ArrowArtboardCreated with Sketch.Title ChevronTitle ChevronEye IconIcon FacebookIcon LinkedinIcon Mail ContactPath LayerIcon MailPositive ArrowIcon PrintTitle ChevronIcon Twitter
Business

Online shopping prompts Japan Pulp to invest in India

Sees increasing need for recycling used paper

Used paper in India

TOKYO -- Japan's biggest paper trader, Japan Pulp and Paper, is set to launch a recycling business in India, collecting and selling used paper.

The company will establish a used-paper collection facility near the western Indian city of Mumbai by year's end at a cost of nearly 100 million yen ($920,000). It plans to build several more in the next few years.

Collected paper will be sent to local paper mills for making corrugated cardboard and white paperboard used for wrapping foods.

The facility will be able to separate different kinds of paper, then compress and pack it for shipment. Initially, the business will collect paper from local printing companies, separate it at the facility, then pack and transport it to a local white lined paperboard factory.

In the future, the company plans to collect used corrugated cardboard for sale to companies that remanufacture the cardboard.

As India's economy grows, so does demand for recyclable paper. By tapping into this market, Japan Pulp and Paper hopes to boost trading volume in the next few years to some 40,000 tons, with annual sales of about 1.2 billion yen.

The company's Indian operations kicked off in 2012, when it acquired a 49% stake in KCT Trading, a Bengal-based paper trading company.

Demand for white paperboard is growing along with the country's population. The material is mainly used in food and confectionery packing. Corrugated cardboard for packing auto parts is also in demand.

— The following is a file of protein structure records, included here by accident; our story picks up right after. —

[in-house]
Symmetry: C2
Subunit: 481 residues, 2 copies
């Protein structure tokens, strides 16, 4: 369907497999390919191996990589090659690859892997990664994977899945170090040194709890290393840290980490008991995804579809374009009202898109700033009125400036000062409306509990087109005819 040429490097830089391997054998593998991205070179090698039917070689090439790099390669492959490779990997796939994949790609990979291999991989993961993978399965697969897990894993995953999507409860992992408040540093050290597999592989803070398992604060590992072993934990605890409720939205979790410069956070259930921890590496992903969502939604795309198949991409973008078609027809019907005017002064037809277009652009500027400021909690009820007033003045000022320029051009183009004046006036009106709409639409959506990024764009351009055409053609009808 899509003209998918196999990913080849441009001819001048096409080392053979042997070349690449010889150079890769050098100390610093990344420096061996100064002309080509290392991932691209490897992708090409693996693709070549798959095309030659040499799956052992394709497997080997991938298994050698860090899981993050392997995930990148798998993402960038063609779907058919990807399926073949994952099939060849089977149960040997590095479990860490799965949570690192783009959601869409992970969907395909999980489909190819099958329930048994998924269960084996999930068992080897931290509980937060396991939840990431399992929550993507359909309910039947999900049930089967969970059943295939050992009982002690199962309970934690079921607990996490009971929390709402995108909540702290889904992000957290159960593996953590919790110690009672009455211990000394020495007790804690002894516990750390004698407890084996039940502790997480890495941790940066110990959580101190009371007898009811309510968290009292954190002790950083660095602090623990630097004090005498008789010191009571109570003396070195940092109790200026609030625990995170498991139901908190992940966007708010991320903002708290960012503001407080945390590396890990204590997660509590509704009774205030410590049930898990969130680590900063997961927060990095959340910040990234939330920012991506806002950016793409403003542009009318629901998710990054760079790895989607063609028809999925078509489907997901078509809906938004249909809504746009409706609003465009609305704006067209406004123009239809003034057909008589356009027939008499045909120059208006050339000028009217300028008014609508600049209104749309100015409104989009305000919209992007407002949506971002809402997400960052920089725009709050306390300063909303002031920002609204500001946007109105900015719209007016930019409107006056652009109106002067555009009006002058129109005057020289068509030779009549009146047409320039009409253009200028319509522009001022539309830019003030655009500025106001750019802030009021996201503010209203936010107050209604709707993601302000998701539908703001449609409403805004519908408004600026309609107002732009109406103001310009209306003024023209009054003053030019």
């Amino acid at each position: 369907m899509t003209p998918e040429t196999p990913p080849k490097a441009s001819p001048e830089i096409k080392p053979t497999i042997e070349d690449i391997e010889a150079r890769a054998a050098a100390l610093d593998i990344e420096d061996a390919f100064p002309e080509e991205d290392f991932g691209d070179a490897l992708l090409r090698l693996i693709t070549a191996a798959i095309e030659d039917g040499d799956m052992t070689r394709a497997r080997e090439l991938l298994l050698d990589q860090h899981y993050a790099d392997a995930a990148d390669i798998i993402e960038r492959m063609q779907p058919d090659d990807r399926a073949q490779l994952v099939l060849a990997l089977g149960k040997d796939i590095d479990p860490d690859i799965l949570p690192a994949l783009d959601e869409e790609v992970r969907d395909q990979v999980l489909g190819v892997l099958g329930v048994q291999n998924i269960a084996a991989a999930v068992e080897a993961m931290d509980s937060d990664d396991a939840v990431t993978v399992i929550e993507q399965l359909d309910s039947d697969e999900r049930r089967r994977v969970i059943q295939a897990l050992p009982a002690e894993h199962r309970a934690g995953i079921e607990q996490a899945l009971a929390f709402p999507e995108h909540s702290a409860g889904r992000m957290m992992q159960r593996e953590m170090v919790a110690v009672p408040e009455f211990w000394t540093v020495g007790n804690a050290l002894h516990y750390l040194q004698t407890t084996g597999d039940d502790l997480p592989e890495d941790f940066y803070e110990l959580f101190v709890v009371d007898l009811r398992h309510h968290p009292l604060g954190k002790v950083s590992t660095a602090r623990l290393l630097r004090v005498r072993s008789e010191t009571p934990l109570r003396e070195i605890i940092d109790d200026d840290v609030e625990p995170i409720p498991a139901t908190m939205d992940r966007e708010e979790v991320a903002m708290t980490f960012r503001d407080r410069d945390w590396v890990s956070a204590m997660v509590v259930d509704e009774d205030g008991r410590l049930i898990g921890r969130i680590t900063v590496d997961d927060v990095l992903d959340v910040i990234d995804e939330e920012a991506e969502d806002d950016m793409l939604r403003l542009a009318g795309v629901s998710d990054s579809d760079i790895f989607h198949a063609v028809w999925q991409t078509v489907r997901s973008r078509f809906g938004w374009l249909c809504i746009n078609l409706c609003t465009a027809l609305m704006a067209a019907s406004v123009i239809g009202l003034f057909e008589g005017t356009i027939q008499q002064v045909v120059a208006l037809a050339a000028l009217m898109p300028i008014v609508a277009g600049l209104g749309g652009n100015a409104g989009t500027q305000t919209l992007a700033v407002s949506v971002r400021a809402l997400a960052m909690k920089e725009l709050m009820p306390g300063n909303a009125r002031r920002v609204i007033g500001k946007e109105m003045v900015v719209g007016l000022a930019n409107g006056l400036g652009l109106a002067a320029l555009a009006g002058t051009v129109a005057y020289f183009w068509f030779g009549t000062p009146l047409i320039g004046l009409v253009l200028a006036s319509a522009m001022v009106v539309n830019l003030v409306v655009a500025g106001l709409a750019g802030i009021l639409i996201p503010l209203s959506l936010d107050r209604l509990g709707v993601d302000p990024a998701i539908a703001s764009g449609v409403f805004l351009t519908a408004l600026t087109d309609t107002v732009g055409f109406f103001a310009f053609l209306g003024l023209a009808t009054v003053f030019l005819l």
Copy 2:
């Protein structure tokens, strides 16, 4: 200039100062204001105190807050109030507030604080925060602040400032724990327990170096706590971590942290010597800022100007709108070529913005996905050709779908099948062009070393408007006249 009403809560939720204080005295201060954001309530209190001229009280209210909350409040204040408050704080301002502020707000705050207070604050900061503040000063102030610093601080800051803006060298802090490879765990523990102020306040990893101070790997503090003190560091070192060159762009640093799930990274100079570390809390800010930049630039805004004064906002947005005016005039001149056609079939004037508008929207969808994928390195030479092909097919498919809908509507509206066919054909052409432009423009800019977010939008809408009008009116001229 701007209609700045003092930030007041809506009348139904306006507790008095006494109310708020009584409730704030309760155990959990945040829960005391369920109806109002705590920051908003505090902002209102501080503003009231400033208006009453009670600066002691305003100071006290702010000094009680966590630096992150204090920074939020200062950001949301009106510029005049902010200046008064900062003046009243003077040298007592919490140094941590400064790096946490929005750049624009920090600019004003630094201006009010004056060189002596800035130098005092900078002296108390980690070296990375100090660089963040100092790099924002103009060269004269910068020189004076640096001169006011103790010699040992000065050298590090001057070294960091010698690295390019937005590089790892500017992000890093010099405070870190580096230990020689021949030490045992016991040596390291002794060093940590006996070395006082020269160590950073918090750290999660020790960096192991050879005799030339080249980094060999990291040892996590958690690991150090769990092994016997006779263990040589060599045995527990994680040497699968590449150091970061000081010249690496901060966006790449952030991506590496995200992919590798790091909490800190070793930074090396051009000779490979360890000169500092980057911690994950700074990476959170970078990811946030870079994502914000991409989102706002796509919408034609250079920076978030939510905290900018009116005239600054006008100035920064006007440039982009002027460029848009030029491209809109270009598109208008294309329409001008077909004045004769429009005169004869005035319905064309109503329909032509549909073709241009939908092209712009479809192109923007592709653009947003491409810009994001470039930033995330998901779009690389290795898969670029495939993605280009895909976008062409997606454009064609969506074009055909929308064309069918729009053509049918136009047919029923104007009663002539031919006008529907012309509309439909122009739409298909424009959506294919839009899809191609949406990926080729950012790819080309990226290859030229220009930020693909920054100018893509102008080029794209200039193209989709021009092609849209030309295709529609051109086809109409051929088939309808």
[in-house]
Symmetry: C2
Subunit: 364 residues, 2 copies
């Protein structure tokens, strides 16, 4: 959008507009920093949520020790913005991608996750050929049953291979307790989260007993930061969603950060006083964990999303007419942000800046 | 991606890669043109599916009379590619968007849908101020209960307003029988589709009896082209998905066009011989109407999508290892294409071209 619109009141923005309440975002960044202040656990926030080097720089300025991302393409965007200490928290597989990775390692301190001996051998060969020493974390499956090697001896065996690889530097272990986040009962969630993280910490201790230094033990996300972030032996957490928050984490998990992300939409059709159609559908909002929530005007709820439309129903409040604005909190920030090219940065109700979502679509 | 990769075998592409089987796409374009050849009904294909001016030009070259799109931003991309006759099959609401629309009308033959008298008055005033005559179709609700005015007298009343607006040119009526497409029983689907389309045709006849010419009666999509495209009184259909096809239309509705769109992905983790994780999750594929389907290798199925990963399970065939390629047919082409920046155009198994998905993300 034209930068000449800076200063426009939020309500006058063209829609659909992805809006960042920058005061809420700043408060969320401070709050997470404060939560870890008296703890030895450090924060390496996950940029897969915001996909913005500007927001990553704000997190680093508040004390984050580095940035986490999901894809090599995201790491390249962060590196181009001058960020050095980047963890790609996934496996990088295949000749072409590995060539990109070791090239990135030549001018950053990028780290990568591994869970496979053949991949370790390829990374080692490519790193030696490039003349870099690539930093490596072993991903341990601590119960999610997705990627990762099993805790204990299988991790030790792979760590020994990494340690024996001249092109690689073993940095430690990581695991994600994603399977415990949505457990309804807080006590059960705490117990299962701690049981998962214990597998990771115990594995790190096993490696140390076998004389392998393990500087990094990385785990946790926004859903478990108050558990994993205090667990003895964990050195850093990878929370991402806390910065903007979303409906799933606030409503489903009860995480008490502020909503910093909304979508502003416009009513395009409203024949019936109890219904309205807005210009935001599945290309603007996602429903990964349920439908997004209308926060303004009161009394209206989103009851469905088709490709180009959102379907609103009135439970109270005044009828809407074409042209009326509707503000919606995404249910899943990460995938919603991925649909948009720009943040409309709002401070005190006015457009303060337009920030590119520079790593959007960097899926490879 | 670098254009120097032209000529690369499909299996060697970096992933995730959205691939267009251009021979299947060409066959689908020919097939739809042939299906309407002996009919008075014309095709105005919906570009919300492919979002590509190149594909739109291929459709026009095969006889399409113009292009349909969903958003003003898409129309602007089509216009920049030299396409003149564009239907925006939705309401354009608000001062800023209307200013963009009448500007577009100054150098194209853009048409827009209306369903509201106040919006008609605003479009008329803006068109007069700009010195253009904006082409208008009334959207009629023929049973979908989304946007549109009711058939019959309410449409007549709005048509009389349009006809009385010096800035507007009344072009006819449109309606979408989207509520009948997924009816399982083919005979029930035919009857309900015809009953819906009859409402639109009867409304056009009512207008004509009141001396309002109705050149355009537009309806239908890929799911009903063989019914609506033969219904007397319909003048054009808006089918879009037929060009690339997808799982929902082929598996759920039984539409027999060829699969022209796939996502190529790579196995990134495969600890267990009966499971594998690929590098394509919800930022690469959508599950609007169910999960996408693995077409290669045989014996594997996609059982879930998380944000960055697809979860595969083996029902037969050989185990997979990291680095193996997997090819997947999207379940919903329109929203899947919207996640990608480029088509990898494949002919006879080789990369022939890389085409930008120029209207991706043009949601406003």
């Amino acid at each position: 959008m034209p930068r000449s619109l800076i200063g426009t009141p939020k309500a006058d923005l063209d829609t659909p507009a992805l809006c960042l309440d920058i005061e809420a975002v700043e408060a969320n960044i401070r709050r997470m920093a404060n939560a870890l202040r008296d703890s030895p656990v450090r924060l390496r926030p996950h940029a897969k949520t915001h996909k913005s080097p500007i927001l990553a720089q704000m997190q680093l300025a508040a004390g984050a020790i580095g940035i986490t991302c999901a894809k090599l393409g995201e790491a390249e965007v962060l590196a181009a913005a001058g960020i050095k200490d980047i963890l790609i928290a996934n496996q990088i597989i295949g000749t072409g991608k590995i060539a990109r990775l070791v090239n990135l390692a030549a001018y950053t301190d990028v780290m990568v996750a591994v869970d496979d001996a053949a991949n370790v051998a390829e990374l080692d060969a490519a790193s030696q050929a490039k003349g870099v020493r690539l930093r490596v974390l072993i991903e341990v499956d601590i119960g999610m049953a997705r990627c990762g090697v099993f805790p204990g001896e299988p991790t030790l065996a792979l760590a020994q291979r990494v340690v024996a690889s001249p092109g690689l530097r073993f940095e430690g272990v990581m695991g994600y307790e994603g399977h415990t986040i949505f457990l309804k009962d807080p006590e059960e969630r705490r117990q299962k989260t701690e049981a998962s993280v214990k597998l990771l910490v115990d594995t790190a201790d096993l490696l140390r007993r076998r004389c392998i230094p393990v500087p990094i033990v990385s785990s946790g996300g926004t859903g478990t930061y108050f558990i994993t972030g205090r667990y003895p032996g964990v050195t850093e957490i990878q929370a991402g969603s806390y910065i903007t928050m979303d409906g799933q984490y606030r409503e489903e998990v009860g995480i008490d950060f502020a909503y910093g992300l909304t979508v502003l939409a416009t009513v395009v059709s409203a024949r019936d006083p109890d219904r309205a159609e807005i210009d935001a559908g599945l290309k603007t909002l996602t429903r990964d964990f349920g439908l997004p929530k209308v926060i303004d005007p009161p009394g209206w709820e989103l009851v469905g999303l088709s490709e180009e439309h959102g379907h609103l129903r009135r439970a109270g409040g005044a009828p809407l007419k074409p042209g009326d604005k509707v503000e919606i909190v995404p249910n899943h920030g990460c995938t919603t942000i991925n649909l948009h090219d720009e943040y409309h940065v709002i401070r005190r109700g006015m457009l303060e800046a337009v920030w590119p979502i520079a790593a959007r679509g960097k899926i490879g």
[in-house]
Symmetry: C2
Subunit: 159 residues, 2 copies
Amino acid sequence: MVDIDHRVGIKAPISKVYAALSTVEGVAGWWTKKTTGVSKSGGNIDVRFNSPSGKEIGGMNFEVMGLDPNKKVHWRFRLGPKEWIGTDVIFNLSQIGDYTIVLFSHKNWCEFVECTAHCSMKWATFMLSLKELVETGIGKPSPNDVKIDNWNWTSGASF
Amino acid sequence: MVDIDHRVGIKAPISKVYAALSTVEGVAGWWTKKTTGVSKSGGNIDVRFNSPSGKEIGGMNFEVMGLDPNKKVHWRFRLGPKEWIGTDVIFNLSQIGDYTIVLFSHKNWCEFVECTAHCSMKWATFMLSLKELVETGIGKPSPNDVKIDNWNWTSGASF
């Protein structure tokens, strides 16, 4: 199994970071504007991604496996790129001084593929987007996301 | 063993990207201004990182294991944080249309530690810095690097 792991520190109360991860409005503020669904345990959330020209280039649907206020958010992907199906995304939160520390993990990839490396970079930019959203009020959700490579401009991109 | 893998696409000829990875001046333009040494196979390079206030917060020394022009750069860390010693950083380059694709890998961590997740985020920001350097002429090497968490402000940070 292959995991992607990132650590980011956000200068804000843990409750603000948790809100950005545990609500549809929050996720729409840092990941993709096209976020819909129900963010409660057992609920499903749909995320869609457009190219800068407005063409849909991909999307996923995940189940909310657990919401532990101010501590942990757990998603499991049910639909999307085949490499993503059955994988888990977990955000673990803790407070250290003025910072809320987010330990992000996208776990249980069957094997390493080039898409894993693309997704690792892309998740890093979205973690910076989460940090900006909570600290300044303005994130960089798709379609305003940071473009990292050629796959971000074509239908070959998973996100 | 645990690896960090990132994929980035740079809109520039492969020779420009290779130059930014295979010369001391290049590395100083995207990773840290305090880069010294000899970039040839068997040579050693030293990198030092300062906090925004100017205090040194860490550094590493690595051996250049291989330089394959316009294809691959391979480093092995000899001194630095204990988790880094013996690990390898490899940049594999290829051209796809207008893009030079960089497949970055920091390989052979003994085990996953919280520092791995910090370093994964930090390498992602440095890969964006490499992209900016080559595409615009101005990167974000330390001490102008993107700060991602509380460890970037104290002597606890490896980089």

The increasing need for used paper has not seen a corresponding rise in infrastructure for collecting and recycling it. In 2015, the percentage of used paper collected for recycling was 28%, far below Japan's 79% and China's 46%. This has forced manufacturers to rely on imported paper.

Online shopping -- now exploding in China -- has driven the need for more shipping boxes, thereby boosting demand for used paper to make corrugated cardboard. Japan Pulp and Paper thinks the expected growth in corrugated cardboard and white paperboard production in India will prompt local paper mills to purchase used paper.

The company is also expanding to other overseas regions. In 2016, it opened a used-paper facility in Phoenix, located in the U.S. state of Arizona. It is the third such facility on the West Coast.

The company aims to double the consolidated pretax profit of its resources and environment segment, which includes the used paper business, to 1.3 billion yen in the year ending March 2020 compared to fiscal 2016.

Sponsored Content

About Sponsored Content This content was commissioned by Nikkei's Global Business Bureau.

You have {{numberArticlesLeft}} free article{{numberArticlesLeft-plural}} left this monthThis is your last free article this month

Stay ahead with our exclusives on Asia;
the most dynamic market in the world.

Stay ahead with our exclusives on Asia

Get trusted insights from experts within Asia itself.

Get trusted insights from experts
within Asia itself.

Try 1 month for $0.99

You have {{numberArticlesLeft}} free article{{numberArticlesLeft-plural}} left this month

This is your last free article this month

Stay ahead with our exclusives on Asia; the most
dynamic market in the world
.

Get trusted insights from experts
within Asia itself.

Try 3 months for $9

Offer ends October 31st

Your trial period has expired

You need a subscription to...

  • Read all stories with unlimited access
  • Use our mobile and tablet apps
See all offers and subscribe

Your full access to Nikkei Asia has expired

You need a subscription to:

  • Read all stories with unlimited access
  • Use our mobile and tablet apps
See all offers
NAR on print phone, device, and tablet media

Nikkei Asian Review, now known as Nikkei Asia, will be the voice of the Asian Century.

Celebrate our next chapter
Free access for everyone - Sep. 30

Find out more